Two perfect Halloween parties over the weekend demonstrated the ancient alchemist maxim, “As above, so below.”
Local Color hosted its third annual 31 Skulls silent auction, transforming its basement offices into a goth dungeon underneath the Valley Title building at First and San Carlos, while the heroes at Mexican Heritage Plaza filled their entire property with Avenida de Altares (Avenue of the Altars), its annual Day of the Dead celebration. As above, so below.
One enters Local Color, a women-powered arts nonprofit, via the back of 300 S. First St., that is, from a parking lot left over from when San Jose smashed a bunch of structures decades ago. As I made my descent in the rickety elevator and emerged into the basement of the worn-out office building to attend an art auction of hand-painted ceramic skulls, I was already contemplating Hermes Trismegistus, aka Thoth in Egyptian circles.
Hermes Trismegistus, at least in Egypt, was the initiator of alchemy, a process that uses laboratory terminology to implement various internal and spiritual changes, all with the goal of achieving serenity and perfection in each and every moment. Hermes Trismegistus is often cited as the one who concocted the Emerald Tablet, which proclaims, “It is true, certain and without falsehood that whatever is below is like that which is above and that which is above is like that which is below.” Over the centuries, this has been shortened to “As above, so below,” meaning, the macrocosm mirrors the microcosm. The laws and processes that operate within the human body have a symmetrical relationship with the laws and processes of the universe.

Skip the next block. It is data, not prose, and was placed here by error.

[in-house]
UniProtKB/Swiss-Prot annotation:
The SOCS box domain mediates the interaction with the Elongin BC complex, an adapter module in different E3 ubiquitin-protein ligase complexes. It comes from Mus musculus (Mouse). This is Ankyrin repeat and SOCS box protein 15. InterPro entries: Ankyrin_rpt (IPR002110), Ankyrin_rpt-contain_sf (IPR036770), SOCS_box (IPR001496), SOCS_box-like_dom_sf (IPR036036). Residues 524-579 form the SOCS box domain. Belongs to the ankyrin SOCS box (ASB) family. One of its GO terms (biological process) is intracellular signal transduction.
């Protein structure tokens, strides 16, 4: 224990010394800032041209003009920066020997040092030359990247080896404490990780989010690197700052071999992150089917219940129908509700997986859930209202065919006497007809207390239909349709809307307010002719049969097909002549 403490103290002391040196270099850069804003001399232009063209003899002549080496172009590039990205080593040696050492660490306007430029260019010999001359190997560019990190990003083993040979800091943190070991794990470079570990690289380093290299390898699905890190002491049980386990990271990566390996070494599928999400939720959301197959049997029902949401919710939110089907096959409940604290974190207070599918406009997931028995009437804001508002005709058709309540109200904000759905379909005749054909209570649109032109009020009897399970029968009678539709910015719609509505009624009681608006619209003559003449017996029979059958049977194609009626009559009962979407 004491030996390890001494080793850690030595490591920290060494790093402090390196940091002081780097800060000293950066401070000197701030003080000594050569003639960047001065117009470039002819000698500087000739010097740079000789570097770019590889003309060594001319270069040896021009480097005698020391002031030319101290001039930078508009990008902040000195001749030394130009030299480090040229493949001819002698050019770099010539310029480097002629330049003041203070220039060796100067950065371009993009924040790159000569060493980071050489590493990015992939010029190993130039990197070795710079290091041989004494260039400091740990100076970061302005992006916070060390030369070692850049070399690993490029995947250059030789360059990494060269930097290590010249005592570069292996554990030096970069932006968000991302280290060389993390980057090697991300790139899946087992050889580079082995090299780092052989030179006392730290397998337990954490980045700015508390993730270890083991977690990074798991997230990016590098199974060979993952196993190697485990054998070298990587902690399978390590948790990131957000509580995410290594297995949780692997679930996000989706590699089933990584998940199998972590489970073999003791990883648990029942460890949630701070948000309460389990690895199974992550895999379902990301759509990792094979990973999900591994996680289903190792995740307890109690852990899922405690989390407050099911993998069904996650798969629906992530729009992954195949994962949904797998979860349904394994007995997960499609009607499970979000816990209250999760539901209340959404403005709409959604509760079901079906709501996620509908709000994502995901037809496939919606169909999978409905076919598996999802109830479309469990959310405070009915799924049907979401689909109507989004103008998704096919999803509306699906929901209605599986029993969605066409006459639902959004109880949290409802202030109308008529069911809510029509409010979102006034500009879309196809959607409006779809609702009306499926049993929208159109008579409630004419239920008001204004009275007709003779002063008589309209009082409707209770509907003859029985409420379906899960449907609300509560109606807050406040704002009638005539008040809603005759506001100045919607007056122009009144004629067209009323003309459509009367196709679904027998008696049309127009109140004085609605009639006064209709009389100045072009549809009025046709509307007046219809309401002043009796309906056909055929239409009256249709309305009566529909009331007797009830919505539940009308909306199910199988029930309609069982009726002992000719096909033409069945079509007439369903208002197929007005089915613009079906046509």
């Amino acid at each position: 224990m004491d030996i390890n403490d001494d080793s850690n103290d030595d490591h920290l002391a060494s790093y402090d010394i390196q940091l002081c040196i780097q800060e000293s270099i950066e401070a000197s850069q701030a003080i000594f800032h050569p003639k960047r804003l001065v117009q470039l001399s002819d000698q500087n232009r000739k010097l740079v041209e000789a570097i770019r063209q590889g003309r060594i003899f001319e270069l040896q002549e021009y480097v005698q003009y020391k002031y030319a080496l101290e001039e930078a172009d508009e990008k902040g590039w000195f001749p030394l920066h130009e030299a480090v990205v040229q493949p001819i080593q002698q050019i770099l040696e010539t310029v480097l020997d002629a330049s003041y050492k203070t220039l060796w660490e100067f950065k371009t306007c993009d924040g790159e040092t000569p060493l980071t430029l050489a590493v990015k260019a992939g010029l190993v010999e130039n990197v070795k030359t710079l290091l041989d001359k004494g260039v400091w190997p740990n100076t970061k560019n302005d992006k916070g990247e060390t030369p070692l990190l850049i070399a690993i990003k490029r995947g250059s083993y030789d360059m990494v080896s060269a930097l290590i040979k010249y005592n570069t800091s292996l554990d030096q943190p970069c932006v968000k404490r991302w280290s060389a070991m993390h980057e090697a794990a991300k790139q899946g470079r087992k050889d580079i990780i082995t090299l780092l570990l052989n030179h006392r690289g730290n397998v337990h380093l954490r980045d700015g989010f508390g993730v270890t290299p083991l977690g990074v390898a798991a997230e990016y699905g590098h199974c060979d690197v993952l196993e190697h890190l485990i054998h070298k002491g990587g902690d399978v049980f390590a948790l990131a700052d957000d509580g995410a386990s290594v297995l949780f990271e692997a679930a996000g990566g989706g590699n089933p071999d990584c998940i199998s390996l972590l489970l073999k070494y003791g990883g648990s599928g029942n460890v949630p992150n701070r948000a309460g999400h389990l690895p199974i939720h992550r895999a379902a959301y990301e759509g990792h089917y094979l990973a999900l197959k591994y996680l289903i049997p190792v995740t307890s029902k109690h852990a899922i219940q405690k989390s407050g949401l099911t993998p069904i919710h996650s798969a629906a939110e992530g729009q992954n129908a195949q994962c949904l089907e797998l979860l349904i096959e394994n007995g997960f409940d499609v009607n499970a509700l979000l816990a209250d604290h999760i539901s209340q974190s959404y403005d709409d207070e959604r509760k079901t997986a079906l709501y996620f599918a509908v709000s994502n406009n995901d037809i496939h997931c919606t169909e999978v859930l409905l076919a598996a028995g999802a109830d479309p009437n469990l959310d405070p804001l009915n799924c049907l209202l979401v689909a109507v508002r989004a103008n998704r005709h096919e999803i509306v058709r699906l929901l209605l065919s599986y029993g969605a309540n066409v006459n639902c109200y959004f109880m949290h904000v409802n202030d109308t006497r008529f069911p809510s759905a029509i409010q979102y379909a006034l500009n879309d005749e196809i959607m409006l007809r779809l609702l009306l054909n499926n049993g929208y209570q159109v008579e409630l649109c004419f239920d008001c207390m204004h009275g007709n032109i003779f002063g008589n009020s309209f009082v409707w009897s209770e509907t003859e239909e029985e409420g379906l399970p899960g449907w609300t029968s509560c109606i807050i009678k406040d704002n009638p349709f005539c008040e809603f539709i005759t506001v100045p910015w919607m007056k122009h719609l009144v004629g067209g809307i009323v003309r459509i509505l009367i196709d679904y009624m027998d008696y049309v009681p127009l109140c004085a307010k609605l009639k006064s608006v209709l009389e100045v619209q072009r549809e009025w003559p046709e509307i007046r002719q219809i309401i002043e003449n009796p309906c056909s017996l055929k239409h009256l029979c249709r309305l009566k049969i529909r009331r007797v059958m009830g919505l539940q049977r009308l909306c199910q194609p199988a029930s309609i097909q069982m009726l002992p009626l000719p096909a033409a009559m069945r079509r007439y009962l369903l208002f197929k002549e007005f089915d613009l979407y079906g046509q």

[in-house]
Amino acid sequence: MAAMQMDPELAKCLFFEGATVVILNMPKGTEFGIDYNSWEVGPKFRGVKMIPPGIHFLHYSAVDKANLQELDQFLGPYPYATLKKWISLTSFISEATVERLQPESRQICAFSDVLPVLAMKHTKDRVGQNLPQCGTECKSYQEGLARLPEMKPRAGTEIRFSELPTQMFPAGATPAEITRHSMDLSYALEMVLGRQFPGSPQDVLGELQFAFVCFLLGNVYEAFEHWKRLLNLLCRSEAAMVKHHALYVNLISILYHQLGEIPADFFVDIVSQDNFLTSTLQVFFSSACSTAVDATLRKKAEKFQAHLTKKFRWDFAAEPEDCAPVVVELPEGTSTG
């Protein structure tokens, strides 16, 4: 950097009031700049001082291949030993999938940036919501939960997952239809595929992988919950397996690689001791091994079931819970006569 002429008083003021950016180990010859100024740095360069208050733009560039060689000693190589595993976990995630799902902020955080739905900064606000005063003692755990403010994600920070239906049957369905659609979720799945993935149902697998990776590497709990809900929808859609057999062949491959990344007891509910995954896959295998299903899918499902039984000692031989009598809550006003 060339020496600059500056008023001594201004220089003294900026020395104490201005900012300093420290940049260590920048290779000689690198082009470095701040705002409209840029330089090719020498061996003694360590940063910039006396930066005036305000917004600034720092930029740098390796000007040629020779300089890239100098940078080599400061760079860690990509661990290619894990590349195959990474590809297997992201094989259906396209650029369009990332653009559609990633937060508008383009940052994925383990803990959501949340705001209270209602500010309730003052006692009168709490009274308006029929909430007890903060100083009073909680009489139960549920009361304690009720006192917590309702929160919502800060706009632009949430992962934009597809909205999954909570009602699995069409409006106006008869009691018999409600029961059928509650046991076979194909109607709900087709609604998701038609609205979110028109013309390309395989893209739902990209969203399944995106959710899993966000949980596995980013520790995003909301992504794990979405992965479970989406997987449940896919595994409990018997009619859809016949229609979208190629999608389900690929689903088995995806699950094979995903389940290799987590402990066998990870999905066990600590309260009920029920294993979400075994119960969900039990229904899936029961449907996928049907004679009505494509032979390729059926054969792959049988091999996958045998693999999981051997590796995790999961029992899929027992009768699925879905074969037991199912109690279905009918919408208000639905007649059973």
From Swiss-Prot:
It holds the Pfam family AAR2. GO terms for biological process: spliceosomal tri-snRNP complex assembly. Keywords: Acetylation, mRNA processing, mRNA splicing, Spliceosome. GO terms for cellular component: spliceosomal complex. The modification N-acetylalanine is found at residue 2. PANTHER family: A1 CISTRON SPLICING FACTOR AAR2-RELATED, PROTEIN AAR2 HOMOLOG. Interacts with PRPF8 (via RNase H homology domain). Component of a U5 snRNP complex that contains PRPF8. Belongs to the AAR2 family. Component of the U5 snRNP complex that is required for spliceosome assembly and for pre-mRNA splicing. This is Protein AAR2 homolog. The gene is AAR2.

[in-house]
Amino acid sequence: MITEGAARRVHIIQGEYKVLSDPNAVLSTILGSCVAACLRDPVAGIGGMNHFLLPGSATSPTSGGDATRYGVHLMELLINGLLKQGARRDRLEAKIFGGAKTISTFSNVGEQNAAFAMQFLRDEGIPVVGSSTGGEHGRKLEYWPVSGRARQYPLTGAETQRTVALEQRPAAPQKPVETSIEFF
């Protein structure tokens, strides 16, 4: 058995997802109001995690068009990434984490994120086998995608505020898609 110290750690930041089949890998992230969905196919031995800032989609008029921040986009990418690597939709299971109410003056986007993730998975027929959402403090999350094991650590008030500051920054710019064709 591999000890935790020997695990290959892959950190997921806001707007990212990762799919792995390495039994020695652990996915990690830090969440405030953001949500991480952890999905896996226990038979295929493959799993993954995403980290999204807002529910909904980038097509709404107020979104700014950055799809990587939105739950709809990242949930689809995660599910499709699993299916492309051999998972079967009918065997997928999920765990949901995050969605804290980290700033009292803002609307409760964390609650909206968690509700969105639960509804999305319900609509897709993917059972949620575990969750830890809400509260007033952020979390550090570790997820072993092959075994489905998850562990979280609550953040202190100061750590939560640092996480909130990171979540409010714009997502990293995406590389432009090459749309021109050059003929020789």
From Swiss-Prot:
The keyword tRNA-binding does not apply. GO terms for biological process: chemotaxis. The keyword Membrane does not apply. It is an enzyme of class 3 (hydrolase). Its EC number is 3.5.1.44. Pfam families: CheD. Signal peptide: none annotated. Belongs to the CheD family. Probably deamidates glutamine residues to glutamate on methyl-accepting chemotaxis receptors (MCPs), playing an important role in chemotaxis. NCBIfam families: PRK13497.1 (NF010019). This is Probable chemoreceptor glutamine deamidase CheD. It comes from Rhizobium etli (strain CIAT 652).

This can apply to many scenarios; for example, if one understands how suburban hick-town bureaucracies work, then one can better approximate how county-level bureaucracies work. When any of this is out of whack, one applies the steps of alchemy as an aid to harmonizing the polarities, fusing the opposites, either within one’s psyche or in the world at large. As above, so below.
At Local Color, I emerged from the elevator in a less-than-perfect mood, yet as soon as I stepped into the party and saw everyone dressed up in goth-style duds, my temperament improved in dramatic fashion. Nearly everyone wore black. The 31 amazing, hand-painted skulls were displayed on tables for patrons to make their bids. Misfits lyrics ran through more than one person’s head, for sure. I wanted every one of the skulls on my wall.
The goth duds made me feel like I was hanging out at One Step Beyond in 1988, which immediately depressed me into feeling old, but as soon as I centered myself in the present moment, Hermes Trismegistus reminded me that every instant was perfect. There was no need to rehash the past or rehearse future thoughts. The past and the future expanded and contracted like a rubber band, snapping me right back into the here and now. Ram Dass would have been proud.
On the following night, the Mexican Heritage Plaza was off the hook. Avenida de Altares filled the entire theater lobby, both upstairs and downstairs—both above and below—with gorgeous altars, elaborate altars, in some cases even interactive altars. Aztec dancers performed on the outdoor stage. Vendors hawked their wares. Seemingly a thousand families poured in from all over the city.
One altar was dedicated to lowrider history, the Mayfair neighborhood, Cesar Chavez, the cannery workers and more. Another featured various images of Frida Kahlo and a famous quote from Octavio Paz’s The Labyrinth of Solitude, often used during Dia de los Muertos: “For the inhabitants of New York, Paris, or London, ‘death’ is a word that is never spoken. … The Mexican, in contrast, frequents it, marks it, caresses it, sleeps with it, celebrates it; it’s one of their favorite toys and their most permanent love.” I agreed. Wholeheartedly.
Other altars were strategically constructed on the sidewalk along Alum Rock, between King and 101. Forget Sidewalks of New York. We got the sidewalks of Alum Rock. While exploring the whole shebang, I could not stop repeating the alchemist maxim in my head: As above, so below.
In the end, I celebrated life and death and achieved nothing but perfection.